Pentest Report vs Attack Simulation Report

Handling a Penetration Test report is something completely different to handling an Attack Simulation (e.g. Red Team, TIBER) report. Even though they both provide insights into the project, the Attack Simulation report is more likely to affect an organization as a whole. Whenever we describe the main difference between Penetration Testing and Attack Simulation, we give this example.

If we have the goal set to gain access to an administrative panel of a web application, then we would only use the web application itself as a vector in a Penetration Test. In an Attack Simulation we would also use alternative vectors like for example Spear-Phishing against an administrator of the application or other applications possibly residing in the same network segment.

Vulnerabilities discovered in an Attack Simulation are also more likely to affect existing procedures and global defense mechanisms. This also means that a broader audience with different background knowledge will (partially) read the report as they will be involved in remediation planning and risk assessments. Further information about our approaches to Attack Simulation and TIBER are also mentioned in more depth in our recent posts.

Penetration Test

  • Project Details, Scope & Approach
  • Management & Technical Summary
  • Vulnerability Mapping
  • High & Low Level Vulnerability Description & Recommendation

Attack Simulation

  • Project Details, Scope & Approach
  • Management & Technical Summary
  • Suggested Action Plan
  • High & Low Level Attack Path
  • Vulnerability Mapping
  • High & Low Level Vulnerability Description & Recommendation
  • Detailed Attack Time-Log

The best experience you can get from our reports is by navigating through them yourself, but we have also prepared teaser showing some parts of each report. Please note that the reports also contain further sections and information not shown in the teaser video.

Penetration Testing Report

The Penetration Test report provides insights for the Management and Project Owner as part of two test summaries with a different level of technical knowledge required. The Project Owner can easily identify, which vulnerabilities affects a specific user group and jump throughout the report from e.g. the Overview of Findings page to get a rough understanding of identified vulnerabilities. The Overview of Findings holds a short description and associated risk key together with references to further technical information, which are mostly read by Technical Member of staff.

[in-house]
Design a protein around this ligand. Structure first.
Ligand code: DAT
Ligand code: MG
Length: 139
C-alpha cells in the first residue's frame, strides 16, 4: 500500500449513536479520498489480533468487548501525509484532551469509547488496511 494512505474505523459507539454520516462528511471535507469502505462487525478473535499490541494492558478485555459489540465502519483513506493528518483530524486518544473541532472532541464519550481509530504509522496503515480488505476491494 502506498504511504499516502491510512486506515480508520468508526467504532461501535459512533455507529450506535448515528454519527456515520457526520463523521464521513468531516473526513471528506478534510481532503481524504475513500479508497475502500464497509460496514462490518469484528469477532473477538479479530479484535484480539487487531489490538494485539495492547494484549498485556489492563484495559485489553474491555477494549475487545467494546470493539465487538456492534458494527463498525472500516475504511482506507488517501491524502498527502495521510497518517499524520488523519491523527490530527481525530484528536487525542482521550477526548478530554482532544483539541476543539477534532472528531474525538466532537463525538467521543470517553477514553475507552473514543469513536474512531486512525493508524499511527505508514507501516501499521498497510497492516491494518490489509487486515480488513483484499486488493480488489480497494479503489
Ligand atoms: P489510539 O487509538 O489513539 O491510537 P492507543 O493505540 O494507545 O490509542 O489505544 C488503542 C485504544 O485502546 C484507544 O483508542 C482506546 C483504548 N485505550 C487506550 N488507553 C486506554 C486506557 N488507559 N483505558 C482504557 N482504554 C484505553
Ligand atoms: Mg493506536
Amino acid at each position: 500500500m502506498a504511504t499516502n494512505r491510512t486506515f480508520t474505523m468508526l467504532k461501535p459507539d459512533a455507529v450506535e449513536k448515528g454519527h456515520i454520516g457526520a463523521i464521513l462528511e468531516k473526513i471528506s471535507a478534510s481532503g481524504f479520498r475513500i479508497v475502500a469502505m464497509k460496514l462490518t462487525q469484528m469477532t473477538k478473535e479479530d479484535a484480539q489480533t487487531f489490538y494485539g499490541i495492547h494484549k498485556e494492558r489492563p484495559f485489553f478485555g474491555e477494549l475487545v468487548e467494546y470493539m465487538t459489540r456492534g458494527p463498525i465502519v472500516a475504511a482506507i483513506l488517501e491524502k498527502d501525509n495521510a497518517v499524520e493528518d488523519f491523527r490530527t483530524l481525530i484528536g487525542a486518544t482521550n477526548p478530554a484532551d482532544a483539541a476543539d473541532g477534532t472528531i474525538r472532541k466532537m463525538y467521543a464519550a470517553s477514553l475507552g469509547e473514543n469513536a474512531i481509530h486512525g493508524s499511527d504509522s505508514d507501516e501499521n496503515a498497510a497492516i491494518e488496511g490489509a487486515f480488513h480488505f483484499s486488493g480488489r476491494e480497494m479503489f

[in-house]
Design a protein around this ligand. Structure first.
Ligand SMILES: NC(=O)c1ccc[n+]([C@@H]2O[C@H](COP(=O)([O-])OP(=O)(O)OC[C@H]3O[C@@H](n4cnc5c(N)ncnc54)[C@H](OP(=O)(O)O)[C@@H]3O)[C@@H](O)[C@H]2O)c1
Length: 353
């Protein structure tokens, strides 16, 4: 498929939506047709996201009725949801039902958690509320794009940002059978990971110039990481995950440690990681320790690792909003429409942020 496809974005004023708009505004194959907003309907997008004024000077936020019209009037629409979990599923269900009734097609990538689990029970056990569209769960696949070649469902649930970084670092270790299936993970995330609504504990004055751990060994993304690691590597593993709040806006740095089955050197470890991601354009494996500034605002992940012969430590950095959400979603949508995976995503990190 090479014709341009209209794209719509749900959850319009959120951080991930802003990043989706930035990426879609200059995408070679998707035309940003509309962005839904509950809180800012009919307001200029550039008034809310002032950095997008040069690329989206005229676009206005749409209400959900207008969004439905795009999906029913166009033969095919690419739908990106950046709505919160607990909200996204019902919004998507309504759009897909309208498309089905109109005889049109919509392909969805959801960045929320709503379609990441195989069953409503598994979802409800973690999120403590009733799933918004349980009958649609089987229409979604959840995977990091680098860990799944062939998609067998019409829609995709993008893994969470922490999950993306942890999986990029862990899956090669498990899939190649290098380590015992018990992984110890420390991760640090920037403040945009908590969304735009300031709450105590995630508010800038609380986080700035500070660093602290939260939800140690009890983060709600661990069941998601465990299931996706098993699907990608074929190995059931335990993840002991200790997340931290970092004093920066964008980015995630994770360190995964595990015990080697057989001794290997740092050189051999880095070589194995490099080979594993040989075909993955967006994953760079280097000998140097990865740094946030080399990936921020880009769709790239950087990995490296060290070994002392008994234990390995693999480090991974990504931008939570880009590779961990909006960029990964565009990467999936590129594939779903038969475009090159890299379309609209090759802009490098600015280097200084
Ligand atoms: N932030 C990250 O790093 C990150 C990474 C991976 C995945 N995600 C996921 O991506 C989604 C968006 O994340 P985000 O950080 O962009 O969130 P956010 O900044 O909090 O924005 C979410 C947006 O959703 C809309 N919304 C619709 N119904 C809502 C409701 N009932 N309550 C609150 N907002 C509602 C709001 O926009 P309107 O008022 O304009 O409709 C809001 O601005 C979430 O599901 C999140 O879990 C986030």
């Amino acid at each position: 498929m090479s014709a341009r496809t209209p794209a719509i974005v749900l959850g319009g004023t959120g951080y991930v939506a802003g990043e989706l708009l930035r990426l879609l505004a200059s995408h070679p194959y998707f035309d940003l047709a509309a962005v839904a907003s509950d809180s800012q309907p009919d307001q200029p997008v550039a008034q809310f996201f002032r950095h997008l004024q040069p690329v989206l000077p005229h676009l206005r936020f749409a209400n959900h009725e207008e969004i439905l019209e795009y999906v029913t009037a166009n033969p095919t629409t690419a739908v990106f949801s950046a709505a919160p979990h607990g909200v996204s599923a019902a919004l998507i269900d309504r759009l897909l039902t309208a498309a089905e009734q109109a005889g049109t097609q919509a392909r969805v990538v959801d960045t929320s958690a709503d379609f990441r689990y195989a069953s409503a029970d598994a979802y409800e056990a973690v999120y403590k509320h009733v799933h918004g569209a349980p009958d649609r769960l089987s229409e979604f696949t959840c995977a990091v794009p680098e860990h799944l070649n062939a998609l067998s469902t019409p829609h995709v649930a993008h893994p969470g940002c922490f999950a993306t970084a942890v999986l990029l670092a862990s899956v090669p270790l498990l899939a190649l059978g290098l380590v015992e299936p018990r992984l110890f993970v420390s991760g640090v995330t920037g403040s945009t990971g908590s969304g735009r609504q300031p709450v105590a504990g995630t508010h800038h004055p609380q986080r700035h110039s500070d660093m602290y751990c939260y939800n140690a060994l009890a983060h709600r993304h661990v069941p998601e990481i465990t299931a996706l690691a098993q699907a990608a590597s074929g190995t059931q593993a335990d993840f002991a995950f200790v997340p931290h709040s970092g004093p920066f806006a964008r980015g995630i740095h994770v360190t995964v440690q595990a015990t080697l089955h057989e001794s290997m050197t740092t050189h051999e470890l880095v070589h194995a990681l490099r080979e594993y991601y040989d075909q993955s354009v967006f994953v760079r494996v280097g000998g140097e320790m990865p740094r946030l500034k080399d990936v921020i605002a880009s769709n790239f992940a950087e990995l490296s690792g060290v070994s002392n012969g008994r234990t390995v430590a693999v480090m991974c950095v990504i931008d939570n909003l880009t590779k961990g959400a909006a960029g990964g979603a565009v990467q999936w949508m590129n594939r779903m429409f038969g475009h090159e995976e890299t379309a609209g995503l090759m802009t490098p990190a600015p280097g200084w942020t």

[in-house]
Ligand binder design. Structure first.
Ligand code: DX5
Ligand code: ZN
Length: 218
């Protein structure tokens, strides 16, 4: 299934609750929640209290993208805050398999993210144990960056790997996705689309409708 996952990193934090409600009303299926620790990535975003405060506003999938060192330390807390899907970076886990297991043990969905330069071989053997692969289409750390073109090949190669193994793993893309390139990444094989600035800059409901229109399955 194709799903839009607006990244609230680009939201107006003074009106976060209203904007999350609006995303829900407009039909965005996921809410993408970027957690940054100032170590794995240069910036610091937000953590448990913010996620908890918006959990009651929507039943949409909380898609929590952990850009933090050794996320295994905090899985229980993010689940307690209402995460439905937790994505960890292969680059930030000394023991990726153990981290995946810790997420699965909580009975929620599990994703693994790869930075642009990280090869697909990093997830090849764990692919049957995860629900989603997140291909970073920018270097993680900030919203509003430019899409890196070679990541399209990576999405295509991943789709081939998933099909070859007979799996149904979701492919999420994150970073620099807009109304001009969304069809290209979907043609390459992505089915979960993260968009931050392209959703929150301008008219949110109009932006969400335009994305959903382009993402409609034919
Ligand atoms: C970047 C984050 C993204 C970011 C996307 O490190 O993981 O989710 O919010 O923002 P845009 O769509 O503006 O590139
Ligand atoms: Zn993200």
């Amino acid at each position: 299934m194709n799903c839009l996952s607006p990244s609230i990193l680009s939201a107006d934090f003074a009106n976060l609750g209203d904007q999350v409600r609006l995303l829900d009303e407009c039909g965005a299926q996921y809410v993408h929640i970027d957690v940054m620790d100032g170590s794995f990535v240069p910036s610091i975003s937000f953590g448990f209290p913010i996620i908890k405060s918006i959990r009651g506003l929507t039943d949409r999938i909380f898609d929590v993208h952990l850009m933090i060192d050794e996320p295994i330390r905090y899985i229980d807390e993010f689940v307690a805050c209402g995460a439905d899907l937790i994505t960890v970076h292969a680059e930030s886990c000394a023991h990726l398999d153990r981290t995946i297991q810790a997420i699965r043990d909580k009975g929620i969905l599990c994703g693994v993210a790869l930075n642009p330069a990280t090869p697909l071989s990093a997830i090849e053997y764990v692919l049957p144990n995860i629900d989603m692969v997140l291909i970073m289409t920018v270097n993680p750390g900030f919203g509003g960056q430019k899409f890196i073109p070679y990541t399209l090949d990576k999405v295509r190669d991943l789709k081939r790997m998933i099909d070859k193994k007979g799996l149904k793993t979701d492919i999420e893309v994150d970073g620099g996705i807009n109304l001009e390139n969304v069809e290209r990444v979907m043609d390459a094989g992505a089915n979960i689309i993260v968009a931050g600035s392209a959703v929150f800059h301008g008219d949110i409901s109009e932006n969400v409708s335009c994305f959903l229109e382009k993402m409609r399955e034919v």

The vulnerability itself contains references to external sources such as CWE, OWASP Web Security Testing Guide and further sources where required. With the introduced Interactive Navigation the reader can easily jump forwards and backwards within the report and always jump back to the position they have been before.

Attack Simulation Report

The Attack Simulation Report provides insights for the Project Owner and Manager with details about the Attack Simulation (e.g. scope, scenarios), results, and recommendation to enhance existing security controls and increase the cyber resilience. The sections intended for those groups once again have references to each others which allow the reader to navigate from e.g. a Scenario Overview, into the High Level details of an Attack, through the kill-chain and back. A video is worth a thousand words 🙂

As a Technical Member of staff (especially when working in the Blue Team) you are likely interested in the performed attack scenario and what TTP have been combined to reach the goal of the assessment. One starting point can be the Overview of Findings page, which lets the user easily navigate to identified core issues, associated vulnerabilities and detailed evidence about the exploitation. With each attack action we also list key events directly within the report as those might be the first step to handle in the remediation plan (more detailed information is given in a second document). Key Events can be followed to navigate through the technical information and then navigate back to the starting point. Once again, a video is worth a thousand words:

Get In Touch With Us For Your Copy

We have created new reporting templates which combine our long term experience in holistic reports. They hold references which make it easy to navigate throughout the reports and the reports provide reproducible attack chain insights to make a risk aware decisions. If you are interested in our sample reports, then give us a Ping via


Christian Becker
Y-Security GmbH
8. March 2022